On one hand, I believe that every student should be given a chance to study abroad at least once in their life, because it teaches us things that textbooks cannot: adaptability, resilience, curiosity, empathy, just to name a few. Whether good or bad, bursting our bubble and learning about our world will inspire us and open our minds. On the other hand, the people we interact with benefit from the diversity, because all of us bring unique perspectives to the table. Perhaps we share an idea that no one has thought of but could be key to solving a problem; we fuel the aspirations of someone who is facing similar difficulties; or help take down stereotypes.  

read more

Remembering Juneteenth and the Fight for Environmental Justice

n June 19, 1865, Major General Gordon Granger arrived in Galveston, TX, and announced the end of the Civil War and the end of slavery. It is on this day every year since that we celebrate “Juneteenth” as the end of slavery in the United States. It is a day that we celebrate ancestors and leaders who fought to be liberated. We celebrate their power, resiliency, and tenacity. 

read more

LGBTQ+ Leaders and Organizations in Sustainability to Know About this Pride Month

The GREEN Program loves to celebrate love, and there is no better way to do that this month than by recognizing a few LGBTQ+ leaders and organizations that are making a difference not just in their own communities but for our planet altogether. Read below to learn more about some people and spaces that are working together to promote a better world that focuses on inclusion and equality.

read more

Meet 8 AAPI Leaders in Sustainability: Across the Globe and At Home

The month of May is known to many as the end of classes and the start of Summer, but May is also known as Asian American and Pacific Islander Heritage Month. Our team at TGP wanted to take a moment to recognize the contributions and influence of AAPI Americans throughout history, culture, and achievements both on a global scale, and from those who are a bit close to home. We also encourage you to learn more about AAPI Heritage Month and get involved through additional resources.

read more

From a Start Up to a Sustainability Study Abroad Program: How Patrick Applied his Passion for Renewable Energy in Iceland

When Fall 2021 rolled around and I saw the TGP scholarship opportunity, I thought I’d apply not expecting much. When I found out that I actually got it, I was like “I guess I’m actually doing this!”. I was a little nervous and anxious but also so excited for the opportunity! I was also grateful that the enrollment process was very smooth for me with no significant challenges along the way.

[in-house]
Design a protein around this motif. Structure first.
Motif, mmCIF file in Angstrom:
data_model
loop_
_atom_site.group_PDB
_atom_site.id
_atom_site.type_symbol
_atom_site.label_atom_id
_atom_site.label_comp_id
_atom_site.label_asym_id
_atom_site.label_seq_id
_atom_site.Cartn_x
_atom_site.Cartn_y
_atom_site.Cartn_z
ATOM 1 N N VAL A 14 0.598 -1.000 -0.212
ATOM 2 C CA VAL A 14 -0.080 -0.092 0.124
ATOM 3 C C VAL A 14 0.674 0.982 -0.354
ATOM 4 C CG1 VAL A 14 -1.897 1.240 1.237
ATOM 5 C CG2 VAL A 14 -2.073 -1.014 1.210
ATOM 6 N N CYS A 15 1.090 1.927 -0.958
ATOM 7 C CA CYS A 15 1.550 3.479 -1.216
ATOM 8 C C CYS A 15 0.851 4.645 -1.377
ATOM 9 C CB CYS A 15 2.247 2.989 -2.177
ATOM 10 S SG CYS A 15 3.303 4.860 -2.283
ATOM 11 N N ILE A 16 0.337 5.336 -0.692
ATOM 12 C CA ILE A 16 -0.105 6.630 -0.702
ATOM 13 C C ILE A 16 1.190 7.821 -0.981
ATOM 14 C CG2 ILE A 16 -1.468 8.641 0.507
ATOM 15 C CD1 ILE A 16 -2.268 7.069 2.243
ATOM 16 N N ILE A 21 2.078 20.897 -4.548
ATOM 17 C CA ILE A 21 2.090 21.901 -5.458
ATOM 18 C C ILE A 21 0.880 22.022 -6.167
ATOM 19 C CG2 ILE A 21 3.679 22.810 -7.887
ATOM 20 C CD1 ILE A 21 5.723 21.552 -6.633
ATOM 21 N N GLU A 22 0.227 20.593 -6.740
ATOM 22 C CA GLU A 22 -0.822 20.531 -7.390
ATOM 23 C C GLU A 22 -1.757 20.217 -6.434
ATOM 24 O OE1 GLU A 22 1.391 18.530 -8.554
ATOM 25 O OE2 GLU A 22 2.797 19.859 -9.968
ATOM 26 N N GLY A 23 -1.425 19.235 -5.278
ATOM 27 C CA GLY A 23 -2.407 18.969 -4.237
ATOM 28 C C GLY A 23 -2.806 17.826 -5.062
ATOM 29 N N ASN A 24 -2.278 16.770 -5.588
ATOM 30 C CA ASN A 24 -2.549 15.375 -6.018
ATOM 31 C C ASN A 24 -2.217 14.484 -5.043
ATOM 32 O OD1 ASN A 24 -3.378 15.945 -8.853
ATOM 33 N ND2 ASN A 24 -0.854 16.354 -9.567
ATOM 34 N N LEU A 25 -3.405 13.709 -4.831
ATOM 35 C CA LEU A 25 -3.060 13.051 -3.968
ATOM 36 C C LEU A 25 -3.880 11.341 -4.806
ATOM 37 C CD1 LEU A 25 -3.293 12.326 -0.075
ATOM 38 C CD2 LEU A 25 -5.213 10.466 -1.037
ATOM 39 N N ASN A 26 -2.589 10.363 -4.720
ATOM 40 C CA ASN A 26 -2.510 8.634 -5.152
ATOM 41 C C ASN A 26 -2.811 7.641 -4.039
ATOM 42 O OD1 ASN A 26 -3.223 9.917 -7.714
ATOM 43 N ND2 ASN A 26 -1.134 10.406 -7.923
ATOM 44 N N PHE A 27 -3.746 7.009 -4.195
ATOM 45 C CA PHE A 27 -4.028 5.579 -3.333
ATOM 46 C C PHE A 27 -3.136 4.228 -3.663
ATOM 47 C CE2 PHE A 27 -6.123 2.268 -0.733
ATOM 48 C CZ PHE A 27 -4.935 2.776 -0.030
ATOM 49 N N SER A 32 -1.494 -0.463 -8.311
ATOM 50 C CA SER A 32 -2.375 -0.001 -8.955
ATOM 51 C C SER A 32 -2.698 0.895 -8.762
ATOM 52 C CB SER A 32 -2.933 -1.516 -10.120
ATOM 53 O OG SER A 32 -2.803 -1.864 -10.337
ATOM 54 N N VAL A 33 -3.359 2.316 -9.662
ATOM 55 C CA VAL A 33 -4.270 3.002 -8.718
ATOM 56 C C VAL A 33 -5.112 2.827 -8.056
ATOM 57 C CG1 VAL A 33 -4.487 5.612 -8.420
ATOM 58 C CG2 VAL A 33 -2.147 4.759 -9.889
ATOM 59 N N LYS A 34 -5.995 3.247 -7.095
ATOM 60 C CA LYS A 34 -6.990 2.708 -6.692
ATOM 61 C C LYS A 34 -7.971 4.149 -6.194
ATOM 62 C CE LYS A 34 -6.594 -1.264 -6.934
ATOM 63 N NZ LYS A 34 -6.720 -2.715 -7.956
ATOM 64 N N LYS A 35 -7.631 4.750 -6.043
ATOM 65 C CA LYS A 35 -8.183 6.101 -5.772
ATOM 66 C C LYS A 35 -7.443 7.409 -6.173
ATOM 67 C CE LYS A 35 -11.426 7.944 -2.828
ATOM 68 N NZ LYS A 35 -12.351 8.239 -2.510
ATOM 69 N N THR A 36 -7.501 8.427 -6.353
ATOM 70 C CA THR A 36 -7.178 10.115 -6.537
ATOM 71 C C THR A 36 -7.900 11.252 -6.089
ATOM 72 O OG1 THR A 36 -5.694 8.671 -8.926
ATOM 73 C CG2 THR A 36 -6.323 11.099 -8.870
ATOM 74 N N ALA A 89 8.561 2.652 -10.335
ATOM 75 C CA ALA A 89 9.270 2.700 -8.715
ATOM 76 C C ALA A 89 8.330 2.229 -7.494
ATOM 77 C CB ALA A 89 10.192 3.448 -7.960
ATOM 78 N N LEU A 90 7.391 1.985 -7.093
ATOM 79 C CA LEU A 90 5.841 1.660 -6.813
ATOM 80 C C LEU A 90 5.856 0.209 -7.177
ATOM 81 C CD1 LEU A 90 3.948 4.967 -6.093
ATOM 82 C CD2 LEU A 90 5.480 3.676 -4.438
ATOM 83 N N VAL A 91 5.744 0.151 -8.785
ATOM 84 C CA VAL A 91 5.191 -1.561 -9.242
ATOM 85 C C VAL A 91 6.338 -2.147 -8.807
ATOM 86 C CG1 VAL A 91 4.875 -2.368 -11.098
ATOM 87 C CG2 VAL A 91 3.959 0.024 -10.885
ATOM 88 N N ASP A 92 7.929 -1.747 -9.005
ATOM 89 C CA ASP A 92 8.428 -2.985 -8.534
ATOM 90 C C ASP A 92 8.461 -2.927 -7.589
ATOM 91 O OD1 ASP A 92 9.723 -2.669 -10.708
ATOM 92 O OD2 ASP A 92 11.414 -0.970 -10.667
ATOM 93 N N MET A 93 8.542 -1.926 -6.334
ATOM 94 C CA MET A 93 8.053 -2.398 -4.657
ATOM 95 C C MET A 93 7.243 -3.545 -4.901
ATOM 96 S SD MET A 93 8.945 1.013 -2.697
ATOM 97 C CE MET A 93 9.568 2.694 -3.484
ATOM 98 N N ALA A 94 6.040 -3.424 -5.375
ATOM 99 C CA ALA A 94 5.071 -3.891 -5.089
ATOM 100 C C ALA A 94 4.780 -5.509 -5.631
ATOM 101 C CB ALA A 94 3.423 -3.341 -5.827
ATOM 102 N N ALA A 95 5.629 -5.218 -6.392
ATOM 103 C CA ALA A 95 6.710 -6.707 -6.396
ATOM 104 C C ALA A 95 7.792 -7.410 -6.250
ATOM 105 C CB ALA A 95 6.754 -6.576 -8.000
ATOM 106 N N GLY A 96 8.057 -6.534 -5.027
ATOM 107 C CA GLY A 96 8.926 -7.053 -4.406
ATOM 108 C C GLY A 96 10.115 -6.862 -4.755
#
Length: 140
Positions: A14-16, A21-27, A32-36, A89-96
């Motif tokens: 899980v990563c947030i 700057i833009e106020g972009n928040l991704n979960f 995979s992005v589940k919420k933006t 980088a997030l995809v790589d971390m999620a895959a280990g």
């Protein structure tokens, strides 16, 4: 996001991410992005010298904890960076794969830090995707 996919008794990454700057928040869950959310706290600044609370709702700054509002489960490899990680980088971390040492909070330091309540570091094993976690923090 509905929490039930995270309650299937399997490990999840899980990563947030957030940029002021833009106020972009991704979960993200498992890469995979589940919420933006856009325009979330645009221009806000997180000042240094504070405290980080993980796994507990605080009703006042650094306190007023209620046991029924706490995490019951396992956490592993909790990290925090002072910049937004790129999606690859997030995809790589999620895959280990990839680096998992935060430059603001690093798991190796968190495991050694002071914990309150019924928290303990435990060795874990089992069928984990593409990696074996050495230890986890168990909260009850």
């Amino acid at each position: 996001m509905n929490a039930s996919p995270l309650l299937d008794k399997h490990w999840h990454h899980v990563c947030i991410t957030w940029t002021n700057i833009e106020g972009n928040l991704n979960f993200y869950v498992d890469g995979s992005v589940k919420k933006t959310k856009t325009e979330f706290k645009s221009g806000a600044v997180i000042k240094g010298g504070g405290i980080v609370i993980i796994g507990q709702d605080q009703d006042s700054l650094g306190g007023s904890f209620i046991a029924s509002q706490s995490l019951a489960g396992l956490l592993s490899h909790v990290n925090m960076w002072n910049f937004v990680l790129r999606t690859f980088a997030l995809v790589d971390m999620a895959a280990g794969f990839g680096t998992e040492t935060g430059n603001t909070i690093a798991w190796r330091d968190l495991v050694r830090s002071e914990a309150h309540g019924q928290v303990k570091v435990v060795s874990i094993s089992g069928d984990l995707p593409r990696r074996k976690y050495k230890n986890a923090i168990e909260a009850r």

read more

Boston University Student Gains a Unique Perspective for Renewable Energy & Sustainability by Studying Abroad in Iceland

Global experiences have definitely shaped me into the person I am today through increased cultural awareness and sensitivity. Getting to really know a great group of diverse individuals from all over the world has not only shaped my perspective on current world issues, but has also allowed me to take a glance at certain topics from another angle and point of view.

read more

A Construction Science Major Turns Lessons into Opportunity after a Sustainability Study Abroad Program 

AJ Ewing spent his past Winter Break a little bit differently than most students, by studying abroad on our GREEN Nepal program. As a Construction Science major, AJ notes that he was nervous coming into the study abroad program having no prior experience in sustainability or electrical/solar grids, but he was excited and eager to learn. As soon as he arrived, all his nerves were gone as he was welcomed by our team and ready to dive in. Now, he can honestly say that when he thinks of The GREEN Program, he thinks of “family away from home.”

read more

How a Geologist Made His Sustainability Dream in Iceland a Reality through a Study Abroad Scholarship

As someone who is in a field with a limited representation of ethnic minorities, TGP created a neutral ground where there was a range of diversity on different levels. My GREEN Program experience in Iceland wasn’t just about the adventures and cultural immersion, but about the education too. I thoroughly enjoyed the lectures because I saw how passionate the different lecturers were about their work and research which is truly inspiring. As a geologist, learning more about the wonder that is Iceland in Iceland was definitely a dream come true.

read more

Get to Know GREENie: Maryam Aida Tidjani

Maryam Aida Tidjani got to experience a brand new kind of GREEN Program during the hard times the world was facing, a 100% Virtual and Online experience. Initially planning on traveling to Peru in 2021, the global pandemic continued to shift things around and we had to pivot all travel programs to Online experiences.

read more

Subscribe to The GREEN Program newsletter & updates

Skip to content